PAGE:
When villagers pitch in to help hapless sisters

The minors have been living on their own in a dilapidated government building

For six months now, 16-year-old Rosy and her younger sister Sheela have been living by themselves in a partially-damaged government structure at Hettur in Sakleshpur taluk. There is no power, no front door, and rubble is strewn all over the floor. They lost their mother Prema about 10 years ago and their father, Chandru, a construction worker, is an alcoholic and visits them once in a blue moon.

He gives them some money occasionally but his visits are rare, say villagers, who are worried about the minors’ well-being. It is largely on the generosity of the locals that they survive. The sisters study at Karnataka Public School (KPS) at Hettur. While Rosy is in class 10, Sheela is a student of class 6.

Deelaksha Hettur, a resident of the village, told The Hindu that the sisters were earlier in an estate workers’ colony at Banahalli. “Then they came to Hettur. For a week, they stayed at the bus stand. And, later the villagers offered help so that they could stay in the abandoned quarters belonging to the Health Department,” he said.

The teachers have been helpful to the girls. Mallikarjun Sajjan, an assistant teacher at KPS, said: “Both study well. We offer help whenever they need it. However, they require a proper place to live.” Sheela has a heart-related problem and needs surgery. The school staff have raised some money for treatment. Rosy said that the family has a ration card but she could not use it as her father had not got his Aadhaar card. Unless his Aadhaar number is linked to the ration card, they cannot get foodgrain from the fair price shop.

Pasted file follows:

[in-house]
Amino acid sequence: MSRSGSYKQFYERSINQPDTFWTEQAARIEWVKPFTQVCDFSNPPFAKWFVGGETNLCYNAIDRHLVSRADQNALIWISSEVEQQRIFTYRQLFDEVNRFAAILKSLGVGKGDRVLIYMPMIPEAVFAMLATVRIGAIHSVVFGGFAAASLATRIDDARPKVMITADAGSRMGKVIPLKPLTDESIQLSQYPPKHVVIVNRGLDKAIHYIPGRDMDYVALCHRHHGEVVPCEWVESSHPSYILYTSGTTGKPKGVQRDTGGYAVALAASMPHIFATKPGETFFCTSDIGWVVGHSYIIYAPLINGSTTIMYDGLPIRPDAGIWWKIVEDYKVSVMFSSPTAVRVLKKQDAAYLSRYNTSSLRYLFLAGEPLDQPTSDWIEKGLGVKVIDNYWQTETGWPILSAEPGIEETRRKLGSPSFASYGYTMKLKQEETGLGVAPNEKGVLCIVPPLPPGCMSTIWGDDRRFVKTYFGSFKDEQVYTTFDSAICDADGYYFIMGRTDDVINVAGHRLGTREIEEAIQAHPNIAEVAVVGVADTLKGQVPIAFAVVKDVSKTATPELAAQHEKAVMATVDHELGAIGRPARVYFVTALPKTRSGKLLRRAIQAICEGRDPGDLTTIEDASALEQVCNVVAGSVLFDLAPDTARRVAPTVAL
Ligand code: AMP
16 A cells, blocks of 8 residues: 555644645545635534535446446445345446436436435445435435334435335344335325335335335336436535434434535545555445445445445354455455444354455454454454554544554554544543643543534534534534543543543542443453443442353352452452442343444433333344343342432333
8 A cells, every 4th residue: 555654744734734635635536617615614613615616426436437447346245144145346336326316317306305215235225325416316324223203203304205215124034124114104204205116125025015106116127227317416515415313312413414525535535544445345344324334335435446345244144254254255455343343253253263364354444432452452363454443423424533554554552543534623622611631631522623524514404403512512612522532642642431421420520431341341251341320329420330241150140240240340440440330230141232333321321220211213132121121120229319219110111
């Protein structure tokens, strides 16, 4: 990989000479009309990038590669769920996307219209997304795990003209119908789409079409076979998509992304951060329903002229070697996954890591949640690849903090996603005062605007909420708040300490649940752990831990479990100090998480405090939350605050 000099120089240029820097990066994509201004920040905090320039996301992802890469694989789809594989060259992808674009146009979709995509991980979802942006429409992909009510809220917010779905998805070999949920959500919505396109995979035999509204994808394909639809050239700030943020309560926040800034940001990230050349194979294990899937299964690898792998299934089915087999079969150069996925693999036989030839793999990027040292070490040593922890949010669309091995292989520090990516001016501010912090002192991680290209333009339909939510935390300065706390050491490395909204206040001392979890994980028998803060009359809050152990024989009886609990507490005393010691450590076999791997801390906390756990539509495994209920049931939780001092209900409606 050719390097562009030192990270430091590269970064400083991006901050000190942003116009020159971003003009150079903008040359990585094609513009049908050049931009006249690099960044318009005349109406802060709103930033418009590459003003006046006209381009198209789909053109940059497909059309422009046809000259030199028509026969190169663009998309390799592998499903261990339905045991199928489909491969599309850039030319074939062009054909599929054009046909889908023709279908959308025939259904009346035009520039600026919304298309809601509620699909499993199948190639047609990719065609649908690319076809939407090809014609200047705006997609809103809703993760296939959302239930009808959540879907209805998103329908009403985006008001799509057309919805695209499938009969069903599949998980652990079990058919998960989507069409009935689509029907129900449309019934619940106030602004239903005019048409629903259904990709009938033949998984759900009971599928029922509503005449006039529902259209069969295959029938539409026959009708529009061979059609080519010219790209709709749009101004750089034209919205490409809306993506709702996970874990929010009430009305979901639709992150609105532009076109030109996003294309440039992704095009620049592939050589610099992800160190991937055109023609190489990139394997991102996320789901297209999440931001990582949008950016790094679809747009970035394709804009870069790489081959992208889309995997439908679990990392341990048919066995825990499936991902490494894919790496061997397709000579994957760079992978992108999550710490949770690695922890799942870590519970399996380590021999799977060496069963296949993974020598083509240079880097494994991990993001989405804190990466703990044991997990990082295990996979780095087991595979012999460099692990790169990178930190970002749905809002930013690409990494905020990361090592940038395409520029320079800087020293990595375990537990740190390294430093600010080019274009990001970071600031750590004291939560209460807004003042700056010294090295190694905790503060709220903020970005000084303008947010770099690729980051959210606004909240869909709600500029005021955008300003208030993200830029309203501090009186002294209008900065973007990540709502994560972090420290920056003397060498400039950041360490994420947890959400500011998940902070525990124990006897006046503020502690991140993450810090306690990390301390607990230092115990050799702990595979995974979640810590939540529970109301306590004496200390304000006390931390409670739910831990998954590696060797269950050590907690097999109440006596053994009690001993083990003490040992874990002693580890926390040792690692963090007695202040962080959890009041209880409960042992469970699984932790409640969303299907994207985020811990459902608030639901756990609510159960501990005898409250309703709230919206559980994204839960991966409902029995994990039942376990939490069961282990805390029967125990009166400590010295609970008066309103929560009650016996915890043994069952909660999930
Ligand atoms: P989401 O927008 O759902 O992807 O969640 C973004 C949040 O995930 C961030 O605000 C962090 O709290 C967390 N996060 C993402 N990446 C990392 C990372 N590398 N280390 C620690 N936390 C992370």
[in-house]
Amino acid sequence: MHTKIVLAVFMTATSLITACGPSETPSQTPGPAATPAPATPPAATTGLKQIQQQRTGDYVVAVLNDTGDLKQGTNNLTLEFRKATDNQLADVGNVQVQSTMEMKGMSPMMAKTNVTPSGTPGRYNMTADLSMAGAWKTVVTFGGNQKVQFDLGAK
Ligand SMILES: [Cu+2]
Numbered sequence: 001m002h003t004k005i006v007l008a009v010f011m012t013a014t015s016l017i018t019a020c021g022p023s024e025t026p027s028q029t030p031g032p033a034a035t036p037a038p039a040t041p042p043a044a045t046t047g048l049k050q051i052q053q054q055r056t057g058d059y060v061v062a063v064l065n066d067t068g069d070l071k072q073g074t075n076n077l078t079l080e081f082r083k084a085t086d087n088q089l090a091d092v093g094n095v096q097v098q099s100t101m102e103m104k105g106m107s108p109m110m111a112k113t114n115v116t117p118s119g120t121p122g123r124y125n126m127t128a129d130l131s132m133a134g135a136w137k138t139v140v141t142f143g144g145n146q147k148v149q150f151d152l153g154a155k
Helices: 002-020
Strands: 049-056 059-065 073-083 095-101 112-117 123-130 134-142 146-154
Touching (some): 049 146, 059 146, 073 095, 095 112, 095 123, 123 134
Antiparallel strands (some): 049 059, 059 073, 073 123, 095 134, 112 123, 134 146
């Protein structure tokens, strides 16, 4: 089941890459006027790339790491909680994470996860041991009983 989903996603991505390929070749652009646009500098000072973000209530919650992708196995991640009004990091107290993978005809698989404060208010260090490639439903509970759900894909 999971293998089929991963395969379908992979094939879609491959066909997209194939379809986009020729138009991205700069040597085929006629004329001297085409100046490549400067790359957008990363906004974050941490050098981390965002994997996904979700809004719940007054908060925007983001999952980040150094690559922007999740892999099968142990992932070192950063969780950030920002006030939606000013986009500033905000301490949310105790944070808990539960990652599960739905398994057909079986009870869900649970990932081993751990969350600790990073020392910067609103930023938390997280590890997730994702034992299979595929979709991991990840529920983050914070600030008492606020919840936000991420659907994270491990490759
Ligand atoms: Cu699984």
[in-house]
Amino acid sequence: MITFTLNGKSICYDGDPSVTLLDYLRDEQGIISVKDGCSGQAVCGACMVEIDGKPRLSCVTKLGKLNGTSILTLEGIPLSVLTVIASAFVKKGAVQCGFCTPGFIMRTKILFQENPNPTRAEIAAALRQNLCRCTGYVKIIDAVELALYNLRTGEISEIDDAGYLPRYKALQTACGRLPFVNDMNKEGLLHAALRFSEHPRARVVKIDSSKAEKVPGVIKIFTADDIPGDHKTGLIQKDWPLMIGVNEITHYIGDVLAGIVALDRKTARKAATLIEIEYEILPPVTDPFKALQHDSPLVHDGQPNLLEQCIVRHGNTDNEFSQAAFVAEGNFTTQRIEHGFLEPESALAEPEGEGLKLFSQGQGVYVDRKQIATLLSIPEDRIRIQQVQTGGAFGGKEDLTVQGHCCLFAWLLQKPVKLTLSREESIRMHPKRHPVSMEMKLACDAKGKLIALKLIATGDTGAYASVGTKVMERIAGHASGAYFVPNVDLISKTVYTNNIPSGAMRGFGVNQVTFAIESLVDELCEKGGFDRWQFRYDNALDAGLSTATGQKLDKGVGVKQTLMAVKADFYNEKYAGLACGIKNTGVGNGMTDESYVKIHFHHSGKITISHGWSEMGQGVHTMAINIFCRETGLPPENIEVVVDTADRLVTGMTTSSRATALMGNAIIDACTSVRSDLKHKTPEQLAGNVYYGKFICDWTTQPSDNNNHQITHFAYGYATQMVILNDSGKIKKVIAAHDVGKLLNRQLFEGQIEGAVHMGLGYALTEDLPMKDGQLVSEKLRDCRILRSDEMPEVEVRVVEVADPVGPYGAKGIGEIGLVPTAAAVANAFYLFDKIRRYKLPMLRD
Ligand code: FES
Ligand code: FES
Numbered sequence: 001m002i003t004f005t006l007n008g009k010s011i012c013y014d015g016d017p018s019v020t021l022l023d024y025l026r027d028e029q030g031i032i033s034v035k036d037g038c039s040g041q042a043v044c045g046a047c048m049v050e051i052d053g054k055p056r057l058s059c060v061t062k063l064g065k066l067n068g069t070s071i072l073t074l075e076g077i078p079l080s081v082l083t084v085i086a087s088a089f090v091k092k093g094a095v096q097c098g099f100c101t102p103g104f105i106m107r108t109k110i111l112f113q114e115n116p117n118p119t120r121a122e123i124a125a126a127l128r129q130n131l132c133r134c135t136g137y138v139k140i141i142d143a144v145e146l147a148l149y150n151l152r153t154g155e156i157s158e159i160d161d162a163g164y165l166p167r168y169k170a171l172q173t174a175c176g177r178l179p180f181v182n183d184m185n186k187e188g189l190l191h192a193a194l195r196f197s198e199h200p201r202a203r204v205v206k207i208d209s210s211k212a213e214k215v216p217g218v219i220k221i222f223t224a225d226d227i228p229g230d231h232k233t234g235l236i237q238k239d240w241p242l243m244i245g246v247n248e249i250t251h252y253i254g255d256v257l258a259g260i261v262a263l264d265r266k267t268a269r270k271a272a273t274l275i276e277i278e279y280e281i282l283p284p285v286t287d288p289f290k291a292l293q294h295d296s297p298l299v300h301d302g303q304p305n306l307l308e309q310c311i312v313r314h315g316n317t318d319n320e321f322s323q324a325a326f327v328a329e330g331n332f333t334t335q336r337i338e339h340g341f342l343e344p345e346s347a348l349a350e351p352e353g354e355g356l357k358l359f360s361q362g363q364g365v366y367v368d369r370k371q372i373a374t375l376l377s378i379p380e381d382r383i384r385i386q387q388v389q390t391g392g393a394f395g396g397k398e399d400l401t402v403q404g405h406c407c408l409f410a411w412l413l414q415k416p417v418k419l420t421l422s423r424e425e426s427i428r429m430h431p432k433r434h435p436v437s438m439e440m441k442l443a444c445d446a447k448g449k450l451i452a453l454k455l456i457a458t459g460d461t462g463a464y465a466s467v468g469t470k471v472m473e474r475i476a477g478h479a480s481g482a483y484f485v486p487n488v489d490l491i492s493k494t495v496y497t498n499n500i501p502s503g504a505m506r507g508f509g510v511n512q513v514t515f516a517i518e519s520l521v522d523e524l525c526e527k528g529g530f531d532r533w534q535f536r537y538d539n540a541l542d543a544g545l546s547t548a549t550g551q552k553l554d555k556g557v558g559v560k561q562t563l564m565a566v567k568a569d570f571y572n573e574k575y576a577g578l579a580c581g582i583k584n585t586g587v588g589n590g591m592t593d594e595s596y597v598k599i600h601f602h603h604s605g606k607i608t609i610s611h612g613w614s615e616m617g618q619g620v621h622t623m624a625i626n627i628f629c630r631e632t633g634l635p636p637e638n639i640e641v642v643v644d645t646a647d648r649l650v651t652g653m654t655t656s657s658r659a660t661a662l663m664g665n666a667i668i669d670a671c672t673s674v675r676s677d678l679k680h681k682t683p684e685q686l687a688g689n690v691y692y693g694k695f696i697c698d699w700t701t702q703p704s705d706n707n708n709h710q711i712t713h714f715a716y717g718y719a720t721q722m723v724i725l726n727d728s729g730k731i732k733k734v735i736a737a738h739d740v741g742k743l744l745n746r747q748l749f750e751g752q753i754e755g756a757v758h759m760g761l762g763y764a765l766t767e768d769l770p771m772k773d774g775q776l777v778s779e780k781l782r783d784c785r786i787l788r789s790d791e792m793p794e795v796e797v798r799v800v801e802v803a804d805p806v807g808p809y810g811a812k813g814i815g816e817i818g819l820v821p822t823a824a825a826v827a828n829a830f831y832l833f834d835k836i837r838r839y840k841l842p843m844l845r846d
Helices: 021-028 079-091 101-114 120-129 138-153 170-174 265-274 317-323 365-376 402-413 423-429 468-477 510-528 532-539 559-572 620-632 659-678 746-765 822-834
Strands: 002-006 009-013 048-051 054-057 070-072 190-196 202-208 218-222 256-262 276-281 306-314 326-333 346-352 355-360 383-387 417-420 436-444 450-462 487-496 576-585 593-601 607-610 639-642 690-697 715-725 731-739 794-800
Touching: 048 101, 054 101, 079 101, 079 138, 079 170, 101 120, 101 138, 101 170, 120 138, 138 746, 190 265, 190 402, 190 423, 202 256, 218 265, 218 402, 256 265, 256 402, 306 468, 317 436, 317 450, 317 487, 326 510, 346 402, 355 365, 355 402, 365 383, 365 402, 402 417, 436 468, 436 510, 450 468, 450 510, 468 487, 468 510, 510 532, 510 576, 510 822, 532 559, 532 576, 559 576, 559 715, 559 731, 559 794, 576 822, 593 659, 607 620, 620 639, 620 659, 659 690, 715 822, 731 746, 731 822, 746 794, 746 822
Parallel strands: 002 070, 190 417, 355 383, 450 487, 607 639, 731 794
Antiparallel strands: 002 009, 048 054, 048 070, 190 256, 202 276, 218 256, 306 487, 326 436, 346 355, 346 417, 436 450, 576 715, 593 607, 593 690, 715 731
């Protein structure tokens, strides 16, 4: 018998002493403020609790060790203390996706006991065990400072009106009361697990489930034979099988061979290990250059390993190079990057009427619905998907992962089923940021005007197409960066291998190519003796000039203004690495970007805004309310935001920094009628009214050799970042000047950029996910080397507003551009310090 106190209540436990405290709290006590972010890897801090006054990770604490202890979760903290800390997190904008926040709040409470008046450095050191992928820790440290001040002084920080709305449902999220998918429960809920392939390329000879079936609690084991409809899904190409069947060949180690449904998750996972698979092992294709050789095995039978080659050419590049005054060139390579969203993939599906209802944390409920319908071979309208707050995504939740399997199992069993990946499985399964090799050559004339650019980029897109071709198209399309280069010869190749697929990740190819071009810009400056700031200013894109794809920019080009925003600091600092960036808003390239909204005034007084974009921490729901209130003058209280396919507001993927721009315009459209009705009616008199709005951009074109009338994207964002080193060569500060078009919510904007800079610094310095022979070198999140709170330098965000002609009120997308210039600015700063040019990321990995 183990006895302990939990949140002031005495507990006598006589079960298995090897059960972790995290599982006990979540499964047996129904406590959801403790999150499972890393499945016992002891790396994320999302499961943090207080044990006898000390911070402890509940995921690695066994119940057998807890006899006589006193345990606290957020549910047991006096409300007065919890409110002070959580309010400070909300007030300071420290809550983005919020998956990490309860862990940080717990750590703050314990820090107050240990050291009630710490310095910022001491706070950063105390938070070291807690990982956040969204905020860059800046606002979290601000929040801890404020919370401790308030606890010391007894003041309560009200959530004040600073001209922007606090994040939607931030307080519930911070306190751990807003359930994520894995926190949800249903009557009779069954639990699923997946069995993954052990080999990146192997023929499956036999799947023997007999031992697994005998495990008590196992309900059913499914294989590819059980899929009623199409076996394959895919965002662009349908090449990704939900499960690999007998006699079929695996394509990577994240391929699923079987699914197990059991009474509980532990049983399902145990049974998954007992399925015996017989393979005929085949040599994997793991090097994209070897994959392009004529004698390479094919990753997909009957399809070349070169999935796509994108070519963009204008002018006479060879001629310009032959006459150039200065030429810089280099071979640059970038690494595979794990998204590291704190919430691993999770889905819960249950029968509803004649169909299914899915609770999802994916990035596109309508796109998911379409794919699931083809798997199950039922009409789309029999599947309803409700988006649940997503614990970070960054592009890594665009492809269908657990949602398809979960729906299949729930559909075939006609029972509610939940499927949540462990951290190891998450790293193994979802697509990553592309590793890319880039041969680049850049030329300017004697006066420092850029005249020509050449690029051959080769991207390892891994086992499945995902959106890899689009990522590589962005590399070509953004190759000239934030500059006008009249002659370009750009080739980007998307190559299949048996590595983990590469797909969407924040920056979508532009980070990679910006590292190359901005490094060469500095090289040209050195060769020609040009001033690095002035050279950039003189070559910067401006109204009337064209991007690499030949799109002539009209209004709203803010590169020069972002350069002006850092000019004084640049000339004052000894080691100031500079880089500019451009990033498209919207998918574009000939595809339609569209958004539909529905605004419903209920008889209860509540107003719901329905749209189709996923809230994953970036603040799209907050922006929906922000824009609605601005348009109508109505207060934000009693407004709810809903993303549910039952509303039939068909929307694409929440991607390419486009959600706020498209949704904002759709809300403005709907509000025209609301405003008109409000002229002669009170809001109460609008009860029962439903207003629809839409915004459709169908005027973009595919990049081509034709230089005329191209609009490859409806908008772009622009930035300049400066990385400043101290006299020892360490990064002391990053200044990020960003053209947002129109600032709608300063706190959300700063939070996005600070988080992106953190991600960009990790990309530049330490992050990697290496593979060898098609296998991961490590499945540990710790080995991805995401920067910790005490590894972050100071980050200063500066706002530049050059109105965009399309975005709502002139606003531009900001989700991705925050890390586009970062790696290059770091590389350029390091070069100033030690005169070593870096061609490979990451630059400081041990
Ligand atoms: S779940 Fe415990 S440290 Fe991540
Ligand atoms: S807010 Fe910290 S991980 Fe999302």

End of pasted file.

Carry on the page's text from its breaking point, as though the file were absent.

“We want a house,” said Rosy. She does not want to move to a hostel as that would keep them away from their father. “We want to study and find jobs. My sister has to undergo surgery. We will continue our studies in the same school,” she said. The villagers have appealed to the taluk administration to help the sisters find a decent place to stay and study.

Girish Nandan, Assistant Commissioner of Sakleshpur sub-division, said the issue had come to his notice and he has instructed the officers of Women and Child Development Department to visit the place. “We are thinking of providing them hostel facility. However, we need their father’s consent to shift them to a hostel. Our officers will talk to their father and decide,” he said.

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Printable version | Feb 19, 2020 6:33:50 AM | https://www.thehindu.com/news/national/karnataka/when-villagers-pitch-in-to-help-hapless-sisters/article30090349.ece

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